How To Make Edible Coral For Cake Decorating


easy royal icing coral

I saw this microwave royal icing coral technique a while ago and decided to try it to see if it was something that I could use on a recent cake. 

To make this microwave royal icing coral, you’ll need royal icing that’s made with egg whites instead of meringue powder if possible.

You’ll be heating the icing in the microwave until it puffs up, then cooling it on a tray with a non-stick liner.

This makes large pieces of porous-looking sugar that looks like big chunks of coral. You can color it after it dries, or just add some food color before you heat it.


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royal icing coral

How to make the coral.

Remember that you’re working with hot sugar during this process, so even if it looks harmless this can burn you! This isn’t a good activity for kids!

Grease a pyrex bowl (I used nonstick cooking spray) and put about 1/2 cup of Royal Icing into it. Heat it in the microwave for 1 minute. It will puff up and look like a rocky surface.

pink microwave royal icing
microwave royal icing

Check the icing to make sure it doesn’t look like it’s burning. In the picture of the white you can see that there’s a spot in the center that seems to be getting darker. If that happens don’t heat it anymore.

If it’s not too hot, heat it for another 20 seconds or so.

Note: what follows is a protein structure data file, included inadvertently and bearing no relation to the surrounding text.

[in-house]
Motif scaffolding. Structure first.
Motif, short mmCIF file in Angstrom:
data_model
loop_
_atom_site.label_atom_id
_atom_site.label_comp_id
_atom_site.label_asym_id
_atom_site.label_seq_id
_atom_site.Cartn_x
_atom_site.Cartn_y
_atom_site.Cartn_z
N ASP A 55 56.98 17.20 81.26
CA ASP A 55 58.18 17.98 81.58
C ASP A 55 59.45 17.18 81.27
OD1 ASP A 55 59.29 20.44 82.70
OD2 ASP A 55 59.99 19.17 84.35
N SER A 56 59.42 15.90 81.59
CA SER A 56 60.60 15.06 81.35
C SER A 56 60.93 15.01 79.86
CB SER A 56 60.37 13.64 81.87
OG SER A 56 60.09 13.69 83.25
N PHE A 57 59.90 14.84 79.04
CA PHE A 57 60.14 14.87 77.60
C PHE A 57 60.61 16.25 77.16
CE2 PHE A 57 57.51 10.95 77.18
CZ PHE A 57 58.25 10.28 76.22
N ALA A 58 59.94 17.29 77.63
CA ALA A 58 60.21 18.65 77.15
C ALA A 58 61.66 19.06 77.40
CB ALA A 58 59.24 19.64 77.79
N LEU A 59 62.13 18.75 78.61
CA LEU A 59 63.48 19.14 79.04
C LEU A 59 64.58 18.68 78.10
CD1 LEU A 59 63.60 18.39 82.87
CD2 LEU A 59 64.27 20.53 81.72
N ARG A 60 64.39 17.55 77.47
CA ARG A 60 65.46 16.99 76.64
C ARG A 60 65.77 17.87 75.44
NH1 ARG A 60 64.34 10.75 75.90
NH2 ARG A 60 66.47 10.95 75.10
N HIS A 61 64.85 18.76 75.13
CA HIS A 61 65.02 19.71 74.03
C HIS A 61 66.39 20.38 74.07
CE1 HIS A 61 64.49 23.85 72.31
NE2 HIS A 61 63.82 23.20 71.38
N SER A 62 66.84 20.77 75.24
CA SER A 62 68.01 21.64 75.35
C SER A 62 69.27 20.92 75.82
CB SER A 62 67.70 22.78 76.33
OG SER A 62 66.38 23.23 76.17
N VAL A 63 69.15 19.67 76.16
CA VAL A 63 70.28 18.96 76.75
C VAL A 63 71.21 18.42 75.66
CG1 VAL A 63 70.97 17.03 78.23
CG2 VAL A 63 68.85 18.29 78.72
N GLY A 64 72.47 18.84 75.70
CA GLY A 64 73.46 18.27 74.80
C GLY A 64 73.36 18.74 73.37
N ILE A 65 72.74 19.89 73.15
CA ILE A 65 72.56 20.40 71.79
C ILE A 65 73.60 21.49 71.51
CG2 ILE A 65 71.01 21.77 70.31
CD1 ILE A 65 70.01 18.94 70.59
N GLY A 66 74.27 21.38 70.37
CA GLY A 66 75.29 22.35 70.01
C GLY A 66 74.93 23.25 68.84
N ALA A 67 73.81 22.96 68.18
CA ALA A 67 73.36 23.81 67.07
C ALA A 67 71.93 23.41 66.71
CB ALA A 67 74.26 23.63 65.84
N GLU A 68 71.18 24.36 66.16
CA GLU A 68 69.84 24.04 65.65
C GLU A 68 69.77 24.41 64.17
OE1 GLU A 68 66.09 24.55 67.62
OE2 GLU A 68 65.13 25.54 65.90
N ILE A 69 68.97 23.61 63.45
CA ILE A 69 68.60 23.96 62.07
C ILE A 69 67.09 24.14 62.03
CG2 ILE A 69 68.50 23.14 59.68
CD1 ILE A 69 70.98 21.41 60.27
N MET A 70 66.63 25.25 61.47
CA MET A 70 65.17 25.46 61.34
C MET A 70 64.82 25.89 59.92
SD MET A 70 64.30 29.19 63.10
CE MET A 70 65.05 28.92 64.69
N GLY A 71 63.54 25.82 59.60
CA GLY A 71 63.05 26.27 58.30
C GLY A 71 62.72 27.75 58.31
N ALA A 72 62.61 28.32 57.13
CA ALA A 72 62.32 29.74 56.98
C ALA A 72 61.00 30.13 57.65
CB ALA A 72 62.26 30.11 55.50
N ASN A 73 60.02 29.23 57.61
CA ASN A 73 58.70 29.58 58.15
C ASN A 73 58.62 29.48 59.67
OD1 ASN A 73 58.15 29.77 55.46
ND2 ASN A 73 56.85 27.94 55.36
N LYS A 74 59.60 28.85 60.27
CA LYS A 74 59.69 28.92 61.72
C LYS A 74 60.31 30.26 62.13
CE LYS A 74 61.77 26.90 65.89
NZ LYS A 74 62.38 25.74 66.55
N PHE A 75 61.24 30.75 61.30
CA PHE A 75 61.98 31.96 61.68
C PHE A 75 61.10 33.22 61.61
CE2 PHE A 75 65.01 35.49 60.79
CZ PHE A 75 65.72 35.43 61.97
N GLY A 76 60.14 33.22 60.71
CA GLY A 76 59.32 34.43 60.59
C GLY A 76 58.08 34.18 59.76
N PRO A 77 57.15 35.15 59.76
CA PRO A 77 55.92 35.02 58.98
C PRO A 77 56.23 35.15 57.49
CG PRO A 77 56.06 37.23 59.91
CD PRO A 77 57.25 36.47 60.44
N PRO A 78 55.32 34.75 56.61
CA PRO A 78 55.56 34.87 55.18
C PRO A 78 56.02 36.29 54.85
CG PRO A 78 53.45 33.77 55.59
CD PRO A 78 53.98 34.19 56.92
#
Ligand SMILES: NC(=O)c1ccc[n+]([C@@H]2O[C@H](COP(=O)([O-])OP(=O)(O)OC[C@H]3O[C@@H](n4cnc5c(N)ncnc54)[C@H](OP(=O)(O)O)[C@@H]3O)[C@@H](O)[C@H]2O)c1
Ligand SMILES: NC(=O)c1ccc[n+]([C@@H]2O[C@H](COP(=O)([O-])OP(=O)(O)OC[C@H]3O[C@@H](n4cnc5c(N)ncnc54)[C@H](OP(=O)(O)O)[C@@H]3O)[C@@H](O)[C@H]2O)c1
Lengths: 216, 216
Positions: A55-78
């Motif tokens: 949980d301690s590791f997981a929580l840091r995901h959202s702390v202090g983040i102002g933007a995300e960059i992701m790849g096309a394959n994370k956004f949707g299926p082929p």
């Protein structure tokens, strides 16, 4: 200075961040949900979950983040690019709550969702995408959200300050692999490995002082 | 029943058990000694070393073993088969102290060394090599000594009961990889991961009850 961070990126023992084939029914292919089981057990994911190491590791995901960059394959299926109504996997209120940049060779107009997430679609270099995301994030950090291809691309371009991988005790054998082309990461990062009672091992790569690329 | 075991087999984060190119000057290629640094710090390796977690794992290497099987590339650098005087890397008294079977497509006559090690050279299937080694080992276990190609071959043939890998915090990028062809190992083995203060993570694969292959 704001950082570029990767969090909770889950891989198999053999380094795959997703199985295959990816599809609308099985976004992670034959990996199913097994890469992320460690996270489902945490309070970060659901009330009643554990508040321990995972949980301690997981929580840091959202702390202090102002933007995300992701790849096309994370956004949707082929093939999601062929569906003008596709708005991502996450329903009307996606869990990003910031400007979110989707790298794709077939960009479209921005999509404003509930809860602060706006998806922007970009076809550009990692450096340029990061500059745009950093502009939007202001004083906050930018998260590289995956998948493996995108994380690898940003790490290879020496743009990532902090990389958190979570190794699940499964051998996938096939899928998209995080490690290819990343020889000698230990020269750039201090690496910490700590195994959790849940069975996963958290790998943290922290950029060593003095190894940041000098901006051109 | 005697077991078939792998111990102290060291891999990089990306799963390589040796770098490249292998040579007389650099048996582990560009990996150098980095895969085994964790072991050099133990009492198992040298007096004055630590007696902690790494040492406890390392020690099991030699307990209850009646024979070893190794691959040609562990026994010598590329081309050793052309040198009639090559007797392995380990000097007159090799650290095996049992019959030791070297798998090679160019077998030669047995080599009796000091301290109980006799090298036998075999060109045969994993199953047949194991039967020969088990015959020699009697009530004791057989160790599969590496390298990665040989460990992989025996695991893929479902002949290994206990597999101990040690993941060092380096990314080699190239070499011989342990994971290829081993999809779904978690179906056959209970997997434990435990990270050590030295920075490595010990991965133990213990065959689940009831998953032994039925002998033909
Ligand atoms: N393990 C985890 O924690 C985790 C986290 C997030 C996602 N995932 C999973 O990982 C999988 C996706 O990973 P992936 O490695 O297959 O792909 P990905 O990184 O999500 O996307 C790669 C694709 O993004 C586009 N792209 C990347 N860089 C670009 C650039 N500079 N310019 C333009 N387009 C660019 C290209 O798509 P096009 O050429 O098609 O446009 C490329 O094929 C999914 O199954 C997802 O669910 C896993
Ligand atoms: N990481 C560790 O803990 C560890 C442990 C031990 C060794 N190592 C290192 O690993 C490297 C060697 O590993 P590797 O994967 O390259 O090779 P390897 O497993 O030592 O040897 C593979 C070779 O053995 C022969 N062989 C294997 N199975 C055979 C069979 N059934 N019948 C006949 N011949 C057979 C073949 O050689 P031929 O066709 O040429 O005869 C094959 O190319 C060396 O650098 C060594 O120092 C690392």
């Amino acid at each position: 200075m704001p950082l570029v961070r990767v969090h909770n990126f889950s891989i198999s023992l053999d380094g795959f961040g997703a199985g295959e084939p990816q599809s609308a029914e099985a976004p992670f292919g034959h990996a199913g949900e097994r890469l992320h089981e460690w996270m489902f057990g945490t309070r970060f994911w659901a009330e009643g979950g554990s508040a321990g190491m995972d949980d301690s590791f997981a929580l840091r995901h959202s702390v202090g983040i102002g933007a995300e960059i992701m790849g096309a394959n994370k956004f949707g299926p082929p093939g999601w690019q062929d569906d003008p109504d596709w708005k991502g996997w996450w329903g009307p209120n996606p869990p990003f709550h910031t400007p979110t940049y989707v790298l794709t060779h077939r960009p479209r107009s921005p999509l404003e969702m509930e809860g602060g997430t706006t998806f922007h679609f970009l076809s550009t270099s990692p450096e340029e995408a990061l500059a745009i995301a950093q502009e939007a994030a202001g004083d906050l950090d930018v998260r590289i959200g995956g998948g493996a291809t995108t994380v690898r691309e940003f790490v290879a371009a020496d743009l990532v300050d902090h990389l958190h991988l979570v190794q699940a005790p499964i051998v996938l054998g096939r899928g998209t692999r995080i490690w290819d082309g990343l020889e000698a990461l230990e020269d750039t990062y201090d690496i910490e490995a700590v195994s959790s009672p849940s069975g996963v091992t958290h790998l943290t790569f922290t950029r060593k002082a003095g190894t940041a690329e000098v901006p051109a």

Take the bowl out of the microwave, or leave it in the microwave with the door open and let it set. The bowl will be hot, so be careful. DO NOT try to stir the icing or remove it from the bowl yet.

Let the sugar set up and cool off completely, then take a spatula or a knife and slide it around the side of the bowl to release the sugar. It will probably break into pieces.



Break the sugar into pieces.

royal icing coral

Once it cools completely you can break off irregular pieces to the size that you need and use them on the cake.

To color the coral, brush on powders, then either leave it or dip it in confectioner’s glaze. 

If you dip it you should leave it to dry and not touch it for a while because it will be sticky and collapse on itself if it’s handled too much. 

It will shrink a little naturally, so start with a slightly larger piece than you want to end up with.

Another type that’s easy to make using royal icing is the kind that looks like clusters of little fingers.

royal icing coral

First, cook some of the royal icing in the microwave as described before.

When it cools down, crush it into small chips.

royal icing coral

The next step is messy…Take some stiff royal icing, roll it out using your hands (the icing should be pretty stiff but still a little sticky) and roll it in the crushed chips.

When it’s totally covered, set them aside to dry.

Once all of the “fingers” have dried, dust them with some color if they were white and you want color, or leave them white.

royal icing coral

Using melted sugar, royal icing or melted chocolate, attach as many of the pieces together at the base as needed to get the size coral cluster you want.

royal icing coral

Another way to do the stick-shaped coral is to roll a long piece of fondant or gumpaste, wet it until it’s slightly sticky, then roll it in colored cake sprinkles.

Set them out to dry, and then dip them in confectioner’s glaze to set the sprinkles in place.

royal icing coral

I’ve also seen the method of taking grape stems and piping royal icing over them to mimic the organic shape of coral using the stems.

That’s a good way to get the shape, but it won’t be totally edible.


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